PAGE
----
Wednesday, October 31, 2012

Timeless High-Impact Verbal Techniques: In the 3rd Obama-Romney Debate, Each Candidate’s Most Talked-about Rebuttal or Parry Employed One Such Skill

Immediately after the last presidential debate between Obama and Romney--the one on Monday, Oct. 22, in Florida--one rebuttal from each candidate instantly became airborne. And that was no surprise to me because each of those two parries employed one of the simple but powerful verbal techniques that are standard fare among highly effective communicators. Nor should the cogency of those two rebuttals have been a surprise to anyone who has attended my flagship seminar “Power of the Spoken Word & Techniques to Communicate with Impact and Sway.”

  • Obama’s highly effective line: Responding to Romney’s contention that our navy is weak because the number of ships is fewer than what it was a hundred years ago, the president said: “We also have fewer horses and bayonets!” In other words, he used an analogy--one of the half dozen or so most effective verbal techniques to emphasize a point--to assert that the strike power of a single modern-day weapon can easily overwhelm a sea of 100-year-old weaponry.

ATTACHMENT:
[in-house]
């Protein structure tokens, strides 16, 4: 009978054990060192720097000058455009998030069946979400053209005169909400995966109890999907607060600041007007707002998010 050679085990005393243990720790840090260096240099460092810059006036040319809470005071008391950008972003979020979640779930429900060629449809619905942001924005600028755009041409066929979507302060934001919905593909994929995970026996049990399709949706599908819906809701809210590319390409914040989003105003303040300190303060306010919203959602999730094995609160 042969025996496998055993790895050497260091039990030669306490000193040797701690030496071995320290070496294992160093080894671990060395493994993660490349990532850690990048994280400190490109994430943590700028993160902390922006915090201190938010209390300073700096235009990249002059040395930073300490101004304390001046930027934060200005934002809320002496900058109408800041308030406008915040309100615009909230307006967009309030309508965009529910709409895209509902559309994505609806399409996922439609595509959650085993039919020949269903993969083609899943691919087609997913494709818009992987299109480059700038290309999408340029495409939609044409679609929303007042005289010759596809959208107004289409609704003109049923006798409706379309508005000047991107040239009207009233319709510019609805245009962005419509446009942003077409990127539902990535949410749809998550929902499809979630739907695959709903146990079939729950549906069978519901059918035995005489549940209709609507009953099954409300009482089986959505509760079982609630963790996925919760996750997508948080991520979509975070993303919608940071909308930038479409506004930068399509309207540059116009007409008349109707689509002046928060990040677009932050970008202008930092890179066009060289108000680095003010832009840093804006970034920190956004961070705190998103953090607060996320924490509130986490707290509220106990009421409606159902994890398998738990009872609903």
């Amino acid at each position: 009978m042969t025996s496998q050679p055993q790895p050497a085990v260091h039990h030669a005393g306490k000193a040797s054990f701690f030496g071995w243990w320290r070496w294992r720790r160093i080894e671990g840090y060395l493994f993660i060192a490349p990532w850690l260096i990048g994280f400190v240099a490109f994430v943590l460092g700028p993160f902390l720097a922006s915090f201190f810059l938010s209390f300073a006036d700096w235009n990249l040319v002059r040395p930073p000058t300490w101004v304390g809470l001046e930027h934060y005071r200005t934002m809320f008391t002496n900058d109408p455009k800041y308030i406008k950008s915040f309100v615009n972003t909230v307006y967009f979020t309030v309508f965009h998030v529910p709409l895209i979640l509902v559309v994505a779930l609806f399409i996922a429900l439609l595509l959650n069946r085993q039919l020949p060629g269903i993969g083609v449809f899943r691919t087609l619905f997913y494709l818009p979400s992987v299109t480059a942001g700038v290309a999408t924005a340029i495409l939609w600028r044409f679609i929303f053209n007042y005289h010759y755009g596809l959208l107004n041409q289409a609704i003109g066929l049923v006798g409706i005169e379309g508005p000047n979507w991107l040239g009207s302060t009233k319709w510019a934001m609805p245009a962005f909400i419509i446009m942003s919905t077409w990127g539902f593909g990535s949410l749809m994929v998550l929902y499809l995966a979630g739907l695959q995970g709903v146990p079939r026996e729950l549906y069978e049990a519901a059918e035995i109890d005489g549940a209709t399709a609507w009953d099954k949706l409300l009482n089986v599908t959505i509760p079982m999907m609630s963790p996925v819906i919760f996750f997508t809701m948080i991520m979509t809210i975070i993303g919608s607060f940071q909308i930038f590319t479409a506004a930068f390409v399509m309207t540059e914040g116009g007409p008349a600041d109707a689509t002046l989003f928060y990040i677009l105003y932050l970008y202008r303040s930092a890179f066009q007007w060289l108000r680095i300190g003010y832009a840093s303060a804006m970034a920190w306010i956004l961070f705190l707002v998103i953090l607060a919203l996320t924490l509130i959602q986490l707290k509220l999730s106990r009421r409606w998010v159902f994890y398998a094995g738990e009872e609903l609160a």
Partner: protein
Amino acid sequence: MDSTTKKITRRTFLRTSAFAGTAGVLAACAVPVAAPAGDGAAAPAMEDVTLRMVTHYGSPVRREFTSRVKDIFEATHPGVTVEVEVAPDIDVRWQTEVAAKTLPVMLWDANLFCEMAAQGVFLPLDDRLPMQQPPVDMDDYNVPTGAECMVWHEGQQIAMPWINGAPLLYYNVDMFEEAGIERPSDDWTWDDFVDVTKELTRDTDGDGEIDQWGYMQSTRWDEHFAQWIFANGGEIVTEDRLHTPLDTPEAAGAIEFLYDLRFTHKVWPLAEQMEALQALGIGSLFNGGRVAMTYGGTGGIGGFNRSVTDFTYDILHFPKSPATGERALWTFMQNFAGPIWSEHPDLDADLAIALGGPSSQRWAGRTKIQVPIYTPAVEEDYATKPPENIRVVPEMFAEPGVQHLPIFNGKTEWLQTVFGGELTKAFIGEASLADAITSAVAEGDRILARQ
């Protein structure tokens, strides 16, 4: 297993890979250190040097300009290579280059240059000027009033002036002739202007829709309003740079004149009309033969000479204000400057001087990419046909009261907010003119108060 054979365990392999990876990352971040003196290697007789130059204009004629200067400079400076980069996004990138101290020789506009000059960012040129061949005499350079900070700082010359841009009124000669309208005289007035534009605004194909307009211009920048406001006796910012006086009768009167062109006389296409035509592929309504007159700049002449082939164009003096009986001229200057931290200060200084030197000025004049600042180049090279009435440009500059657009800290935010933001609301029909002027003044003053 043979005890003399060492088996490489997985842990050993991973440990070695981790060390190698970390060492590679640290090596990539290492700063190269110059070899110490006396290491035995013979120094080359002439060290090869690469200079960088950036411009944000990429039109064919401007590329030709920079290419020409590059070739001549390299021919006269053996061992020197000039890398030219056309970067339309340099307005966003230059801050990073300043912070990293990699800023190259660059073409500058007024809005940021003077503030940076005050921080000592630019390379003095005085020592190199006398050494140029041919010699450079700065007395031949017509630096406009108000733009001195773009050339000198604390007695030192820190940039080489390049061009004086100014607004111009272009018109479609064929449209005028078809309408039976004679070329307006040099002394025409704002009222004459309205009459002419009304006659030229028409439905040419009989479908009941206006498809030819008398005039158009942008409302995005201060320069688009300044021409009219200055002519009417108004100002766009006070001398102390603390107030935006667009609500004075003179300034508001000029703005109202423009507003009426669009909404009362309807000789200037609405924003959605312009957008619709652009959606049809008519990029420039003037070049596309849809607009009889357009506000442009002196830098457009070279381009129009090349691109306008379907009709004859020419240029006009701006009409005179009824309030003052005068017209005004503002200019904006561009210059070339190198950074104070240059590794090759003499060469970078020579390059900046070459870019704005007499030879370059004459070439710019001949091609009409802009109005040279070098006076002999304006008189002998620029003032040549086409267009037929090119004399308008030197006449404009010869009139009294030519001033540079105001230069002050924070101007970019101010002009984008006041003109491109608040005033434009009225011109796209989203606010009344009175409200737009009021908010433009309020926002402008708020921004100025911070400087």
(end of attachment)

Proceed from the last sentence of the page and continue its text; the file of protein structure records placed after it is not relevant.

• Romney’s highly effective line: More than once, when responding to Obama’s criticism of the Republican nominee’s stand (or flip-flops) on an issue, the latter began: “There is no point attacking me…” Why was this choice of words so effective in parrying Obama’s criticism, why did it resonate so wildly with Romney supporters? Because “attack” is a negative word, and telling someone to their face that they are “attacking” you immediately disarms that person, puts them on the defensive. Users of my book The Articulate Professional (3rd Edition) know that I have a whole chapter (Category V) featuring words employed by smart communicators to disarm and neutralize their critics and detractors (words such as denigrate, aspersion, reflexive, foist, puffery, apologist, nostrum, meretricious.).

© Copyright 2012  V. J. Singal

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